Hummell then says: “with an experience, you don’t get to take it back.” And I’m struck by this sentiment for a while afterward our call, even now as I write this story. That fusion of personal and visual, sensory and memory; they are all so tightly wound up into a person, carrying that experience with them whenever they go. And yet, right now, all we can experience in our homes without the space to gather, are those precise memories from before. 

What happens now when these two artists are house-bound, like the rest of their peers and other artists who perform in-person? What life do they think they are going back to when this is all over? 

First, they tell me it’s hard to predict, and offer no concrete answers about how live events and experiential art will shift. But both do agree that taking hold of the unknown can be beneficial and, in fact, inspirational. “What’s interesting about artwork is that it evolves,” Hummell says. “You reference the past, you reference the culture at which art has emerged, and then you adapt.” Recently, both were invited to be in an event called Transmission, lending their DJing skills and participating in it visually, too. Hummell says there were new things to think about online that made the experience push his artistic and technical mind. “As technical as having a 40 second delay when you’re trying to create an experience for somebody, you have to think of it in a completely different way and that’s a new challenge,” he says, “I must have learned six new skills I didn’t have before that I’m still working on. And I think that’s fascinating. It’s opening my mind to something new.”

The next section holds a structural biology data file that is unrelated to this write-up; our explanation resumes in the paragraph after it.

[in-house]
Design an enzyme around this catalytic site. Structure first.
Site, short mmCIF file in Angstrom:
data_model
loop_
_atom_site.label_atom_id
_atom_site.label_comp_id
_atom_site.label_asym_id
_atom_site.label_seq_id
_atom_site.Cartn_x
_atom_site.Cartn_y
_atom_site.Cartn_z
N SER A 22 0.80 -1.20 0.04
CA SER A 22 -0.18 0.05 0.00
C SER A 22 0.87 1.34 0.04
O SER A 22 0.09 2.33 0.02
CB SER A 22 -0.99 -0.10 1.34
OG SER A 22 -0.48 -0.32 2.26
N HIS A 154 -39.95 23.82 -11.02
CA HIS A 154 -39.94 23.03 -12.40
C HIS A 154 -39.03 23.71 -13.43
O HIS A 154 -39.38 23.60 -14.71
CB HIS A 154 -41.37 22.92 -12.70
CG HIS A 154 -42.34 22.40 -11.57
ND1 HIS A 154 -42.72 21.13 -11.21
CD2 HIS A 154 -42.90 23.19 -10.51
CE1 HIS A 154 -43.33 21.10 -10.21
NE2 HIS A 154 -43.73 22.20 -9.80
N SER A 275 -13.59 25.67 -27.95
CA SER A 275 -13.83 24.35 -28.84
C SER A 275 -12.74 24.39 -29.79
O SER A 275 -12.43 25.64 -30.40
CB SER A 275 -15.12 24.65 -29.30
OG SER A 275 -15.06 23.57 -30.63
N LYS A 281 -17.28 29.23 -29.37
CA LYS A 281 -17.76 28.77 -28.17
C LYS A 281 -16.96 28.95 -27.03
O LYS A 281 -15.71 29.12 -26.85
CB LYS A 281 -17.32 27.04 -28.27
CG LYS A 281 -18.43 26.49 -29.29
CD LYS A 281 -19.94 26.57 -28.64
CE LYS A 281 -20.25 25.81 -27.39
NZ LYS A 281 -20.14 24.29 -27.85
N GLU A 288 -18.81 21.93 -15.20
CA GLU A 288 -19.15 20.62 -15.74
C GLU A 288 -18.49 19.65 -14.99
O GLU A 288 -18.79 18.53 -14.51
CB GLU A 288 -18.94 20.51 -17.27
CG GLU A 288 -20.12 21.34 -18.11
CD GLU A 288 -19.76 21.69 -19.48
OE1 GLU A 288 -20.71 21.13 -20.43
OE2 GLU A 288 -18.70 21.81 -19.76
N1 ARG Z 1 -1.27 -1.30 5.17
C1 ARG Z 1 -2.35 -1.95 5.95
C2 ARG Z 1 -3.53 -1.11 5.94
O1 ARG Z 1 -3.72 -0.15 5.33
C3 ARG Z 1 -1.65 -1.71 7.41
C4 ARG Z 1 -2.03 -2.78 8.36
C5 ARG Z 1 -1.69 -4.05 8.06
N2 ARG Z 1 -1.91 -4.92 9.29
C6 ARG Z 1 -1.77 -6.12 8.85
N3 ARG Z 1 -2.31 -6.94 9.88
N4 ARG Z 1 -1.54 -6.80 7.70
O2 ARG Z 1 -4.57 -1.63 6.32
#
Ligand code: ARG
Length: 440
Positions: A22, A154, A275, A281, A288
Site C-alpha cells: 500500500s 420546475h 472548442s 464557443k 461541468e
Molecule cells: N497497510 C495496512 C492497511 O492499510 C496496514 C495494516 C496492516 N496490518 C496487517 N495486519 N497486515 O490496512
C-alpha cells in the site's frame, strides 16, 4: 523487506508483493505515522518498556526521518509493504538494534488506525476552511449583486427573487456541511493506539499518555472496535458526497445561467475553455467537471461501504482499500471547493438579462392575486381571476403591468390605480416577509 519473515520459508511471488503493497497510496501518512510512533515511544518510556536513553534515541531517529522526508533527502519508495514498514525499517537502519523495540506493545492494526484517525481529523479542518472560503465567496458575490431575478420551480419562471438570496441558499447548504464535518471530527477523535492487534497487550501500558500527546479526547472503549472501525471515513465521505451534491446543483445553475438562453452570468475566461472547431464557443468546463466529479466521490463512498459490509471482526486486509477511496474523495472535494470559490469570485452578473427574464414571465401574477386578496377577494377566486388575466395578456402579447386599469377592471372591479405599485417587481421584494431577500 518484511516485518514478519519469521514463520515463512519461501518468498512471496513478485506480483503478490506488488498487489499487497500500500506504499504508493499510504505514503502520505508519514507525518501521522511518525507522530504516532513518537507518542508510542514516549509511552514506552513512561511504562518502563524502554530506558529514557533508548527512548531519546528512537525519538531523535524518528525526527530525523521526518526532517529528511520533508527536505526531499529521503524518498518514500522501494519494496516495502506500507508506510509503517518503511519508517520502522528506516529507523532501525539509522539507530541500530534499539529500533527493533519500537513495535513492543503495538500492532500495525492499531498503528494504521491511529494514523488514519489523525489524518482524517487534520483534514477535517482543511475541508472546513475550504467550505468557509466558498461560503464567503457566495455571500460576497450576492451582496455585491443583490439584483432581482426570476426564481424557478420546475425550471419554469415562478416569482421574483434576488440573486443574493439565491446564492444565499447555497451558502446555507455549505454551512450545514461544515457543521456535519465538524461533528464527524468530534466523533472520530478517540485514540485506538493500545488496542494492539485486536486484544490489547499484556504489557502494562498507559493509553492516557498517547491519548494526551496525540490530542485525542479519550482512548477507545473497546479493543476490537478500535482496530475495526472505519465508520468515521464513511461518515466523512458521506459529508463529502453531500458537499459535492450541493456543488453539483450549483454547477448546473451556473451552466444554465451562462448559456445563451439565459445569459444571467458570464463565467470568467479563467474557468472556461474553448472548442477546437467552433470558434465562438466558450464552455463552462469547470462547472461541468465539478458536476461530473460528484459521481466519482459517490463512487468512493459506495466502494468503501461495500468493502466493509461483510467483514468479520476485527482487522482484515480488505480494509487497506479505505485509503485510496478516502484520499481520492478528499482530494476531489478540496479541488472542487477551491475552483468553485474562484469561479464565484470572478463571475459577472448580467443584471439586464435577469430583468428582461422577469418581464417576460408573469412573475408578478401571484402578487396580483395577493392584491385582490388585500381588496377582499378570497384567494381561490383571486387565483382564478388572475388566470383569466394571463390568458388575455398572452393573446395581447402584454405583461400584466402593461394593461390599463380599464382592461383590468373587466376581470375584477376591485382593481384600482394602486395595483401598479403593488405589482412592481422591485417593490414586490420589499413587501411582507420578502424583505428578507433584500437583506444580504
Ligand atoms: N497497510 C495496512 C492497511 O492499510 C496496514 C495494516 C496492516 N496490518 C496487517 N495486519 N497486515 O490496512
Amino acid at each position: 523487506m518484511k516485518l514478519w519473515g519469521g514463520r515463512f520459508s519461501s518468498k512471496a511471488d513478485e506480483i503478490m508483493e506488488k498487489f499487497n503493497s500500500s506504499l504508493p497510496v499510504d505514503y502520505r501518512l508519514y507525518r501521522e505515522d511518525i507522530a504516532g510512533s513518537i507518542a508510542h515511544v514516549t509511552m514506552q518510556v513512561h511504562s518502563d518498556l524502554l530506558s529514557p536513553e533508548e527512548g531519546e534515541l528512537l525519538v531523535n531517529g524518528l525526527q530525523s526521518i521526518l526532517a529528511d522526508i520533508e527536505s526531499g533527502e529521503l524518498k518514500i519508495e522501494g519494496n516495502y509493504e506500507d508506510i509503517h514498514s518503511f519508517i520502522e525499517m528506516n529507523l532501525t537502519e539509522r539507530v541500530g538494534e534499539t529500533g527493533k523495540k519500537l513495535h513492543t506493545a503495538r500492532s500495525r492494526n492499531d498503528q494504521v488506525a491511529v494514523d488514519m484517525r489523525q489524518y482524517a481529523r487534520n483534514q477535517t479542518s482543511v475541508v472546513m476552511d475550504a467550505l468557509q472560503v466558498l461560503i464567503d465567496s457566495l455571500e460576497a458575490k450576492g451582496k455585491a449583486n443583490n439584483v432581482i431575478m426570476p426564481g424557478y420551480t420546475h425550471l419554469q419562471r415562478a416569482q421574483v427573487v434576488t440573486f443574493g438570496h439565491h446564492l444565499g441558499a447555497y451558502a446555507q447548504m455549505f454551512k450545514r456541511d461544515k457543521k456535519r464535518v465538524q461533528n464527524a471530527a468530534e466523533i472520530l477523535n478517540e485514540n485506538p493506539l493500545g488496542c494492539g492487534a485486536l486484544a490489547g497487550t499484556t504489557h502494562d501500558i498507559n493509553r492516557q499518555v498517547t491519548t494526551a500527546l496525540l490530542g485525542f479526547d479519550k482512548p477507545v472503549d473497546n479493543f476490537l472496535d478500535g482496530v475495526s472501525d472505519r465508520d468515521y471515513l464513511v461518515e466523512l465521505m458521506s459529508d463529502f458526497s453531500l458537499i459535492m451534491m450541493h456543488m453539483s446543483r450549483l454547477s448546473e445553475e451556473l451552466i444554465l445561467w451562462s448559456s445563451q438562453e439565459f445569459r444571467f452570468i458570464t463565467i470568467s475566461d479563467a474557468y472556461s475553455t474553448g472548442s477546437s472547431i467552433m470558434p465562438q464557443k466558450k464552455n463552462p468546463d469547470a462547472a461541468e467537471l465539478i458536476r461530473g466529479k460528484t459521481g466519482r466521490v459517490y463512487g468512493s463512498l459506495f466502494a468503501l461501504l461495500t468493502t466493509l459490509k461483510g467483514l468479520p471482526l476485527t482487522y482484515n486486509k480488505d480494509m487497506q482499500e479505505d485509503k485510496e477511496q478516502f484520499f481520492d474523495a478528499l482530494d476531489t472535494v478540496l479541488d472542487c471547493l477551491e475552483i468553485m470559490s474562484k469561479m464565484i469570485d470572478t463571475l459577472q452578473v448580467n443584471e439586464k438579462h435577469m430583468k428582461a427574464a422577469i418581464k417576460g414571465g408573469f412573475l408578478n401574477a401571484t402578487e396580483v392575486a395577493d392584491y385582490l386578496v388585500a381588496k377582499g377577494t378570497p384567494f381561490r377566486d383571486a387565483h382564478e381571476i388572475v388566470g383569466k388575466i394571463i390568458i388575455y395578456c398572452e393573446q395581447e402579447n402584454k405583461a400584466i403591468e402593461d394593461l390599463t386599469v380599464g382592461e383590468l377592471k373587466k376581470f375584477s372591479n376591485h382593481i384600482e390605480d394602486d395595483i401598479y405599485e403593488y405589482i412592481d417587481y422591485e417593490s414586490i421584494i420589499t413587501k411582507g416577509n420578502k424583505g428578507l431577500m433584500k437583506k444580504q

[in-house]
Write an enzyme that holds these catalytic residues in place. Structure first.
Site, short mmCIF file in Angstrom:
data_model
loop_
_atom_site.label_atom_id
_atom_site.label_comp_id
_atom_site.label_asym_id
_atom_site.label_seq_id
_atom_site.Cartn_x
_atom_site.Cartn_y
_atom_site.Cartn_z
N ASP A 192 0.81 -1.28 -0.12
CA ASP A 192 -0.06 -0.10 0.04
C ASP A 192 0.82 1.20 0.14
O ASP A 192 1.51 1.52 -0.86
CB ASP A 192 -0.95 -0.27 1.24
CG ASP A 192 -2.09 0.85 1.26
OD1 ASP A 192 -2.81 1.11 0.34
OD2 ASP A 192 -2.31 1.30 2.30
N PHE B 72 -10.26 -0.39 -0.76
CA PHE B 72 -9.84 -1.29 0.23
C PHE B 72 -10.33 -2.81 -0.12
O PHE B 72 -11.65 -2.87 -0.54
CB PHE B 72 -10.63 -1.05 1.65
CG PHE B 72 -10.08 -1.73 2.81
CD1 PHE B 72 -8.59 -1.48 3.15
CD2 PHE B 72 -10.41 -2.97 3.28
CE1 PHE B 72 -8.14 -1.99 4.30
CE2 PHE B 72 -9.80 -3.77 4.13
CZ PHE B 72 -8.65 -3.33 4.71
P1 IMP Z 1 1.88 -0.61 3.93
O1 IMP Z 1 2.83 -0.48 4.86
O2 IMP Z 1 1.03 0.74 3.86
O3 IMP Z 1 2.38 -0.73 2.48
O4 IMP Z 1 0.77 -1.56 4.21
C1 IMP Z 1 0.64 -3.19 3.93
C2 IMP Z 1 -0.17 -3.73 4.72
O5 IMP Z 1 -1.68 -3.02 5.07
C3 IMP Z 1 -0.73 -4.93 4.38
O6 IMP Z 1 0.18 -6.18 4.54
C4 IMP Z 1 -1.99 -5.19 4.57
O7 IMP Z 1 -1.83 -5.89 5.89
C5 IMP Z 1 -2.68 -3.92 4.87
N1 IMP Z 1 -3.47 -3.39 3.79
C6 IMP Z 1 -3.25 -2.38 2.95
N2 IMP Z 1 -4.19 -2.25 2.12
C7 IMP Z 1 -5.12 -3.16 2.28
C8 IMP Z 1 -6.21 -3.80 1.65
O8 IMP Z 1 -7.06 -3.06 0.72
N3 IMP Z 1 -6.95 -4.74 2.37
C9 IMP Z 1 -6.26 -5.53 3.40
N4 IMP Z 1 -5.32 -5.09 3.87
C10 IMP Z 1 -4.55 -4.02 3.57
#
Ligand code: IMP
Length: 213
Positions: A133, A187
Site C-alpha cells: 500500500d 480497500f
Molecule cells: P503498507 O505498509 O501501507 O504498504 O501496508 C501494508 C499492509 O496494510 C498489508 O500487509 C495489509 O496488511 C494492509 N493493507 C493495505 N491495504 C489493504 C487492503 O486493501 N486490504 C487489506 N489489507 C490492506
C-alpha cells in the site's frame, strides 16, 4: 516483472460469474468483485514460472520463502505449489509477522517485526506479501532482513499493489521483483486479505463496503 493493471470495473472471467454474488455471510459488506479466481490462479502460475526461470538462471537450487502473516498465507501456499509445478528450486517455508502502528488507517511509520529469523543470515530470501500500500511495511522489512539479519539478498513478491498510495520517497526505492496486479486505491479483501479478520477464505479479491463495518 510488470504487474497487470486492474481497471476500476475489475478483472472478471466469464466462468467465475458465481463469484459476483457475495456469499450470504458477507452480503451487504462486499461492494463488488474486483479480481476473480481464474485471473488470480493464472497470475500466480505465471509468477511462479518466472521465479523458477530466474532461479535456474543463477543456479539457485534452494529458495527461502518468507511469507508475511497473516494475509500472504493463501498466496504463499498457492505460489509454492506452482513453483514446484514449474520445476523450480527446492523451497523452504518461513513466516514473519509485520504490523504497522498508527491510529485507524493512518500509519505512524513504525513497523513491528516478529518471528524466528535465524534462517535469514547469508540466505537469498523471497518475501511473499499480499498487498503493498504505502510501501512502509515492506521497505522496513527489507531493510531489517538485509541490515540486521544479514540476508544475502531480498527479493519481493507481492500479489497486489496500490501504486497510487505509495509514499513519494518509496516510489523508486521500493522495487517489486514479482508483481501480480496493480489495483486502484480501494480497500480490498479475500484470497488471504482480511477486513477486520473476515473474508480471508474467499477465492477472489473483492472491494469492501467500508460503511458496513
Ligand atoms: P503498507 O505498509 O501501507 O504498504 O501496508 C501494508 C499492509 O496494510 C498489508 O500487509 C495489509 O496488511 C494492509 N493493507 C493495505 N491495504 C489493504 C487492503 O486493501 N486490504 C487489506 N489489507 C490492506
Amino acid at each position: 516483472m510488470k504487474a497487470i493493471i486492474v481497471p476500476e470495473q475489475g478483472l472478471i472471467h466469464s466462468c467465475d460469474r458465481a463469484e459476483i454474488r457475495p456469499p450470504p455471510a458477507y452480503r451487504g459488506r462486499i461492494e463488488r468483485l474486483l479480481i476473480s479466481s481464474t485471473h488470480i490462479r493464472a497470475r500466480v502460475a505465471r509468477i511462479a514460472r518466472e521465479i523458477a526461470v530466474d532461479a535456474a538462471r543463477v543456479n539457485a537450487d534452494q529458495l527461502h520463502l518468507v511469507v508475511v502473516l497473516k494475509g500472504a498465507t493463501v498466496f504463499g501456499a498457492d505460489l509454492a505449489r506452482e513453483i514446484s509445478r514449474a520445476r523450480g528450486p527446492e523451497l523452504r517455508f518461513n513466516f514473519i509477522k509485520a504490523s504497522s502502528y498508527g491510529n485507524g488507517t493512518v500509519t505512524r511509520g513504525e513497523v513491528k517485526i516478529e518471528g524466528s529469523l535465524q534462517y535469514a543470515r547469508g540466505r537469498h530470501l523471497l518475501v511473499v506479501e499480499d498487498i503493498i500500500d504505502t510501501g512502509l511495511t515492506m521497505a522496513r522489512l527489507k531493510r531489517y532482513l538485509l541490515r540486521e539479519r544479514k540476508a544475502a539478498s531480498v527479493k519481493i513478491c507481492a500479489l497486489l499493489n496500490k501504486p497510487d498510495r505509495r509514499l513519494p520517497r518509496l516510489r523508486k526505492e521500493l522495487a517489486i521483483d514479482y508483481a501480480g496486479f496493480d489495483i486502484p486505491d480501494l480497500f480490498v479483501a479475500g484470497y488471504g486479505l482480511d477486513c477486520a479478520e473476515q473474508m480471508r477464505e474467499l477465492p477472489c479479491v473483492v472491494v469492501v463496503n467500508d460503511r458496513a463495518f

Hummell attended Travis Scott’s Fortnite performance and loved the experience. He’s interested, it seems, in metabolizing as much of this as possible to expand and push his artistic reaches when building out experiences after we’re all allowed to leave our homes. There is a unification in the fact that we all, too, must participate digitally in performance during this time. How do we emerge as attendees after this? 

Assadi tells me something that stops me in my tracks, making me long for evenings spent in darkened spaces with pulsing lights. “I was thinking about what you can’t replace online: it’s the chit chat. The conversation that happens around you. Yes, you’re chatting online. You can talk in the group chat. But I think the proximity to people is a little thing that you don’t even think you would qualify as important. You could go to a show by yourself and you might not talk to anybody. But being on the dance floor and bumping into somebody, that’s part of life. That kind of human interaction I don’t think you can replace with online.”

I think about baby Shira making noises into the microphone she loves. I think about the joy that Assadi and Hummell have in being able to watch the totality of their daughter’s first year together; to experience it all without pause for work abroad. How, as we all sit in the difficulty and discomfort of isolation, we have an opportunity to connect more deeply with the people around us, even if we’re in homes of two or three or more. Scaling, like Hummell and Assadi do for their shows, goes both ways: how is the minutiae of interactions here going to impact the world of art and performance when we get back to it in-person? What will we be grateful for?

Art evolves but so do people.

Written by Sarah MacDonald
Lead Graphic by Marta Ryczko
Photos by María José Govea